St. Joseph Health System of Sonoma County

St. Joseph Health—Sonoma County is a multi-million-dollar health system anchored by two hospitals: Santa Rosa Memorial Hospital and Petaluma Valley Hospital. Its innovative program of deploying community health workers and community organizers expands the traditional role of charitable, philanthropic, and community benefit activities among hospitals. The hospital tithes, meaning that 10 percent of its net income is reinvested in Community Benefit, in the form of grants and programs that are designed to improve community health. The organization’s portfolio of community benefit programs includes three free clinics, school-based wellness programs, and community outreach.

Two of St. Joseph’s many components of the community outreach work complement each other: Promotores de Salud and Neighborhood Care Staff. Promotores consists of health workers who provide health education, conduct cooking and nutrition classes, and train volunteer health promoters. Neighborhood Care Staff identifies local assets, provides forums for dialogue, supports local leaders and the development of community groups, assists residents with strategic planning, and facilitates relationships between community members and resources. It principally engages in advocating for community participation in the issues that most affect it.

Four full-time organizers are on staff performing community organizing activities, and are on the health system’s payroll to manage these programs.

Origin and Mission

Established with the Santa Rosa Memorial Hospital in 1950, St. Joseph's subsequently expanded its not-for-profit network to include other 10 facilities in the area. Its mission remains faithful to the founders' Catholic orientation: "We advocate for systems and structures that are attuned to the needs of the vulnerable and disadvantaged, and that promote a sense of community among all persons."

St. Joseph's takes an explicitly broad view of health in its mission:

We believe that healthy communities result when illness prevention is combined with such other important factors as a clean environment, safe streets, good water, access to work and education, competitive salaries, affordable housing, a healthy lifestyle and more.

Through our extensive network of community health programs and clinics, advocacy efforts and healthy community initiatives, we continually strive to meet the health needs of our neighbors and make this a better place—for everyone—to live, work, learn and thrive.

One of the sisters of St. Josephs of Orange looked at the configuration of Santa Rosa: Highway 101 goes north and south, and highway 12 goes east and west. The southwest quadrant of Santa Rosa offered no medical or dental services, no library, and the demographic was very low income and primarily of Latino origin. The sister thought, "What a great place for us to begin to work!"

The hospital staff participated in door-knocking and surveying, and coordinated a large convention at the middle school, based on an organizing strategy that took inspiration from Northwestern University professor John McKnight’s Asset-Based Community Development, or ABCD. As a result, St. Joseph's opened a freestanding dental and medical clinic in the area, while building community capacity. Neighborhood residents began going to local government meetings, setting agendas and addressing local issues on their own.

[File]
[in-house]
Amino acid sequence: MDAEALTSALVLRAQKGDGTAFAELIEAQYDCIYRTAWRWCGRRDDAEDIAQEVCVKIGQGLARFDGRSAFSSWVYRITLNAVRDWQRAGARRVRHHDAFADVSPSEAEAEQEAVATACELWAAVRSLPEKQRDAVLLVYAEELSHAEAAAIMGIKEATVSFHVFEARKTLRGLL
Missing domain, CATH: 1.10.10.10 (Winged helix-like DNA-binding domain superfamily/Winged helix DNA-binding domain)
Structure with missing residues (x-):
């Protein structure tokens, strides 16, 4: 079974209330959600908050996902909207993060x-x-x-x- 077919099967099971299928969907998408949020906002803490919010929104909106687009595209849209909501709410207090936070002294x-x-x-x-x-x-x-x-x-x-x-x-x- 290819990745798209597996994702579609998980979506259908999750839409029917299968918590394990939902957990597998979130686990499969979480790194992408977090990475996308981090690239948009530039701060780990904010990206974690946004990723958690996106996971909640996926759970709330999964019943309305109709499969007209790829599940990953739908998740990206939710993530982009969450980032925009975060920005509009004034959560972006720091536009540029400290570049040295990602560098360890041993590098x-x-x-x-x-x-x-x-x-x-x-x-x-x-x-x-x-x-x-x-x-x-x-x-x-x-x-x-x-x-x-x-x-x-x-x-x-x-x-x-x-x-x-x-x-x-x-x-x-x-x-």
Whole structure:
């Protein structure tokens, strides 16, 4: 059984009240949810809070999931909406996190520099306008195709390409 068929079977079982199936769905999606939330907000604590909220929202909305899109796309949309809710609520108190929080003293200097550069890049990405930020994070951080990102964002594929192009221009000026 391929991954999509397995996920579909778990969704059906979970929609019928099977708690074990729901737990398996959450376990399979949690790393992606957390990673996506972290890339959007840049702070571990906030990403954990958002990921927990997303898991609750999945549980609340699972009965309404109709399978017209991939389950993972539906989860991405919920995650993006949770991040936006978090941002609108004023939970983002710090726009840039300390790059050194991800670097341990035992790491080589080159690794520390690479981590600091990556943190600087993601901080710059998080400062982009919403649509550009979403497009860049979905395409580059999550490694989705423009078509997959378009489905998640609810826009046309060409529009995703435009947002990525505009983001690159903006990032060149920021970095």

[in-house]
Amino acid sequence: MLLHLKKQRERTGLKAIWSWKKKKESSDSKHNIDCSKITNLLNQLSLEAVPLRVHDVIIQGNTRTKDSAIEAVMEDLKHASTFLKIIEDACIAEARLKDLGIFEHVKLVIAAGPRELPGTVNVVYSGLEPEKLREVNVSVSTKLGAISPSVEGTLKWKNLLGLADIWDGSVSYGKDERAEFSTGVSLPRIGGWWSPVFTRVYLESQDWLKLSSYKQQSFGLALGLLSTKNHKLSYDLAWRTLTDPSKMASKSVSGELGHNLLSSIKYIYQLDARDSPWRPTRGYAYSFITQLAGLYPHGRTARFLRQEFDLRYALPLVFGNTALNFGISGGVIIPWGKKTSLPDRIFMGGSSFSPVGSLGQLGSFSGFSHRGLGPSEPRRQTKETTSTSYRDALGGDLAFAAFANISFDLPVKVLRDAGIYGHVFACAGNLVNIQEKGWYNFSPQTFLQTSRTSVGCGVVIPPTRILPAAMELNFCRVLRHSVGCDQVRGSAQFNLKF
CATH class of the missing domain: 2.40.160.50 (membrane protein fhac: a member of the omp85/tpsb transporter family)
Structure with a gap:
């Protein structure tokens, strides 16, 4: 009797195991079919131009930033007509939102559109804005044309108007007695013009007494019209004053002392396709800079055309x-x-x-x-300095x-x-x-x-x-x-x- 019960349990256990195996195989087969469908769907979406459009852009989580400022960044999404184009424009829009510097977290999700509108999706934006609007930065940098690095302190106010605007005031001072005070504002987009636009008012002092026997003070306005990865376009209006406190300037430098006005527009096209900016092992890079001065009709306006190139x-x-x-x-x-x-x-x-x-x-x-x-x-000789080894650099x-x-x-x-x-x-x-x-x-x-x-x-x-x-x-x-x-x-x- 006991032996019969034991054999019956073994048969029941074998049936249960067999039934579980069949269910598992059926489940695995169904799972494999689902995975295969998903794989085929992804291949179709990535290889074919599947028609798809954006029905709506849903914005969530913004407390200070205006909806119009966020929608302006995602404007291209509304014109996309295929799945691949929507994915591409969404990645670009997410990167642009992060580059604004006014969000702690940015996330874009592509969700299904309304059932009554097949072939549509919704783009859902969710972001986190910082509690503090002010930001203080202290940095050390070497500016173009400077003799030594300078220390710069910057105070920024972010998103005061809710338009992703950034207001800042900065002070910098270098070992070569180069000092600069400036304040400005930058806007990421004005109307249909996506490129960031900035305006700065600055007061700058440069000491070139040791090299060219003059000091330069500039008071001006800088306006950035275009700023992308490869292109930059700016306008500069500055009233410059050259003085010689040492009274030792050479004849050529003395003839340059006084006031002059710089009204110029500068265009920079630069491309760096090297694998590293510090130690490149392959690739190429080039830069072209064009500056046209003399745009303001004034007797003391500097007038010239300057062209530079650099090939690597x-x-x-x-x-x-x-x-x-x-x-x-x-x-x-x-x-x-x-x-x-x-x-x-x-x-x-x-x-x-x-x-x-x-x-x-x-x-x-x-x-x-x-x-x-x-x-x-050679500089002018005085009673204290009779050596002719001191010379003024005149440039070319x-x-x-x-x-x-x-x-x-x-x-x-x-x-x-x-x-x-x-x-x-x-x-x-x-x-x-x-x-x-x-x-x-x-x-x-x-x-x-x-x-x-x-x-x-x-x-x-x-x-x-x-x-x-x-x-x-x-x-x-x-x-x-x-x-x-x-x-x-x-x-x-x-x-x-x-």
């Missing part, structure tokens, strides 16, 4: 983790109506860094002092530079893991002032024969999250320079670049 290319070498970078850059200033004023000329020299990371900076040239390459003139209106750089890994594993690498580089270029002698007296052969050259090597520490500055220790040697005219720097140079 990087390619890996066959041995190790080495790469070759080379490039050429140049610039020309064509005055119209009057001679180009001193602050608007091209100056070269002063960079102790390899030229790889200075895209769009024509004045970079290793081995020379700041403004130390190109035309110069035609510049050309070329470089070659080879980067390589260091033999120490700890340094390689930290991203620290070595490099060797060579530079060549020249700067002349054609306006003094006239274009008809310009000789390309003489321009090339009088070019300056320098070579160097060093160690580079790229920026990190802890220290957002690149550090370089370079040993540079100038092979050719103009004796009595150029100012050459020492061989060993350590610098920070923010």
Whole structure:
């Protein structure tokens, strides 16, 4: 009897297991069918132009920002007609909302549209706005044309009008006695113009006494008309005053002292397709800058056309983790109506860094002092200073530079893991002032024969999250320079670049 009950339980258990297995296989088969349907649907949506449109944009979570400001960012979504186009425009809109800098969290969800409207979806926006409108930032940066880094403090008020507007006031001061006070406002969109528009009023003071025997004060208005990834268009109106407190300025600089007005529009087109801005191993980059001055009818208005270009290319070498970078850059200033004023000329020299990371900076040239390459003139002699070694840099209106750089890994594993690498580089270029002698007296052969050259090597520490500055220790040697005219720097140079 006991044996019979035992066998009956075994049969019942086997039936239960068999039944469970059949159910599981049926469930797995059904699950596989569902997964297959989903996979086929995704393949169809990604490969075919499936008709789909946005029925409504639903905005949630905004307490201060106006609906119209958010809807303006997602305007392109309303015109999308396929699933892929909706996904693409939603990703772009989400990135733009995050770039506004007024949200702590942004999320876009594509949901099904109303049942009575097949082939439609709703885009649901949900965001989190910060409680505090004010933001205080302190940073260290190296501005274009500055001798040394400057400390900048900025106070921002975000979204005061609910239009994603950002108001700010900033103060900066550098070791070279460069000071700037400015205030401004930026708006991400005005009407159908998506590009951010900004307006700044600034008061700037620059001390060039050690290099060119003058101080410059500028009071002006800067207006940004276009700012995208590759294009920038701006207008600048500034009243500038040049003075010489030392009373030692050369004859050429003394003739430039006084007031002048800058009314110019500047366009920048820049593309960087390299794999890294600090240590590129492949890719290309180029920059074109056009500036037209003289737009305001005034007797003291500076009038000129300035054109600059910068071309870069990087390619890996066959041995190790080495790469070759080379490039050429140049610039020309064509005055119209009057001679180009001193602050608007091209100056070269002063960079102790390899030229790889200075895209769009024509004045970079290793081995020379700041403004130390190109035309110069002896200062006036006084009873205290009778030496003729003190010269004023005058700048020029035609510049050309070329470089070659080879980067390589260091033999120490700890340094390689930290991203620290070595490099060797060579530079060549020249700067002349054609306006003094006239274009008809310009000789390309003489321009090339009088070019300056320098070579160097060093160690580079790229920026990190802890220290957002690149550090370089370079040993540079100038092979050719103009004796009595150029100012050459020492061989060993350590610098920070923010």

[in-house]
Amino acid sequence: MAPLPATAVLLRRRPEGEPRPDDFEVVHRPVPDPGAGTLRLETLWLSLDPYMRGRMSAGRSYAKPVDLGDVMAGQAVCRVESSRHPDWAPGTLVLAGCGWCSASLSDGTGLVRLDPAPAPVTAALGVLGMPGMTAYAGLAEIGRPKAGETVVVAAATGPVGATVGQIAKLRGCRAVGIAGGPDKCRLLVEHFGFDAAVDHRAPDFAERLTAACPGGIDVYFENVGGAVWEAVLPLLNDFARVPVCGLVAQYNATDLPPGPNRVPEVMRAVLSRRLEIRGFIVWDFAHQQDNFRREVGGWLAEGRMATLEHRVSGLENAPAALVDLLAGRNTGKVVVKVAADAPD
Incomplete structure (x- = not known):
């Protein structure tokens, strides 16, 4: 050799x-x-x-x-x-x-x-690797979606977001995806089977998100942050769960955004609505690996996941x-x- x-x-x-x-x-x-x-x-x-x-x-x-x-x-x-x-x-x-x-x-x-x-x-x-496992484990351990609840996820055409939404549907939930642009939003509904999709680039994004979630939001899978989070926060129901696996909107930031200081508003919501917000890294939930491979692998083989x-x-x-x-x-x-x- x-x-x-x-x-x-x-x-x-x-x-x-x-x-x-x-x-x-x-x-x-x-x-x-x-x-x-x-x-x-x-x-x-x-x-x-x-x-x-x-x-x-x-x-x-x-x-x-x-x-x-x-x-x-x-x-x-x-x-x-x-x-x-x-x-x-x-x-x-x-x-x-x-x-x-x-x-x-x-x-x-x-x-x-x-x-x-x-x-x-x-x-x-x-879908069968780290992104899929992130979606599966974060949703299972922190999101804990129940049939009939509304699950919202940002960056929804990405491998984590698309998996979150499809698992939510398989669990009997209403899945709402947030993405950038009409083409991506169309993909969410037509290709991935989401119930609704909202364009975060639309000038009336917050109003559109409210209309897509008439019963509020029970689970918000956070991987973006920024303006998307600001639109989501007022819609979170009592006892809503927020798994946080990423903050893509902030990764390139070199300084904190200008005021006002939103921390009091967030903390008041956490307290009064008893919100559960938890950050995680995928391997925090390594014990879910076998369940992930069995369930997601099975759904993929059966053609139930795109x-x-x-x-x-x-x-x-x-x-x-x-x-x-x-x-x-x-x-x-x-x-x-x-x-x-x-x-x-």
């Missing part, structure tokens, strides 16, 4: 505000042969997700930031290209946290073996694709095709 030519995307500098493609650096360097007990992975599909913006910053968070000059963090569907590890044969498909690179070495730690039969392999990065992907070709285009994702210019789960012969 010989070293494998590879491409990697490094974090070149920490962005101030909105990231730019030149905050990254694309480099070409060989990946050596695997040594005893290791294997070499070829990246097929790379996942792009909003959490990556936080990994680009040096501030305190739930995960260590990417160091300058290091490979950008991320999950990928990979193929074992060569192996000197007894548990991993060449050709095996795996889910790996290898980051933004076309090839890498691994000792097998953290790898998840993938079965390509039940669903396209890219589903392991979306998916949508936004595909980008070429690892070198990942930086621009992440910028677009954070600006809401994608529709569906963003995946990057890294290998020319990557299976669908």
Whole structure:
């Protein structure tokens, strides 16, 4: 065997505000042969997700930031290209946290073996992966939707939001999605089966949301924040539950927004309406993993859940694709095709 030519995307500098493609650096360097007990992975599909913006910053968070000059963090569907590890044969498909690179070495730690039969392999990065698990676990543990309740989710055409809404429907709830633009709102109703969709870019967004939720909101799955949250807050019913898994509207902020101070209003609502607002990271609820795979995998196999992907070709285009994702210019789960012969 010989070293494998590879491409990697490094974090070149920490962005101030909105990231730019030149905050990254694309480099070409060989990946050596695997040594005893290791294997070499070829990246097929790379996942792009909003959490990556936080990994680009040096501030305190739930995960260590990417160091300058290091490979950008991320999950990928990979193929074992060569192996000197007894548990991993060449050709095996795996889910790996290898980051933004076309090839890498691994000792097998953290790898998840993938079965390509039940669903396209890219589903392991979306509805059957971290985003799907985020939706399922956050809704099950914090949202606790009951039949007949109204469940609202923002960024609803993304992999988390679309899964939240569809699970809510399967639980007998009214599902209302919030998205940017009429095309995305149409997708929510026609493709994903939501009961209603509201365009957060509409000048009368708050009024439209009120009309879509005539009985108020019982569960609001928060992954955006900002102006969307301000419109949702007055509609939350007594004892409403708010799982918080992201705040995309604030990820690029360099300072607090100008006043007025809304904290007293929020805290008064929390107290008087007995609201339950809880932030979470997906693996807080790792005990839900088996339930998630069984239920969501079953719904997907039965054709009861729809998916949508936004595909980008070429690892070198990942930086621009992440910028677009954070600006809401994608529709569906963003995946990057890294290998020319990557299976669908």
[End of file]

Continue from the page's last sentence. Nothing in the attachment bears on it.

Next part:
Lessons for Community Wealth Building

Integrate education into health delivery: As St. Joseph's deploys federally-qualified health centers to underserved areas to provide free medical attention, its mobile units double as classrooms for those who are waiting for an appointment. Lessons on diabetes, childhood nutrition, exercise, and excessive sugar consumption are provided in concrete, interactive ways. Those who seek out more information and show interest are recruited to become volunteers for Promotores de Salud themselves.

Anchor institutions can follow through on long-term priorities: “St. Joseph’s status as a nonprofit anchor institution, which tithes 10% of net income to support its community benefit work, allows its community organizing arm to focus on the work at hand instead of fundraising. “We write grants and work with county contracts but, because of this ministry’s commitment to the mission, we have the financial stability that most nonprofits would envy,” says community benefits coordinator Matthew Ingram.

Institutionalize community voices in decision making to better guide work: Community representation is significant in the makeup of the board of directors for the community benefit arm of St. Joseph's. Sonoma Health Action, a coalition that St. Joseph's participates in, is another way the hospital connects with community voices. Health needs assessments also provide data via interviews and focus groups.

A broad conception of community health allows providers to follow the community's lead: Because St. Joseph's objective is to improve community health, the classic organizing strategies of asset mapping and consensus building around surveys and the ranking of key priorities will always have some relationship to a vibrant, healthy neighborhood. Whether the community prioritizes bullying, teen violence, school lunches, police violence, or the lack of stop lights, in one form or another, each issue addresses community health.

Quantitative metrics don't always convey the community benefit: Former community benefits director Jo Sandersfeld says that the health system's penchant for metrics at first did not allow the colleagues outside her department to adequately capture the value of the community organizing work: "I would turn in my metrics for organizing—we met with 102 people, hosted five meetings, and we finally got a stoplight at the corner, and there's now a post office there." The capacity-building and community-cohesion aspects needed further explanation.

POINT (-122.9888319 38.5779555)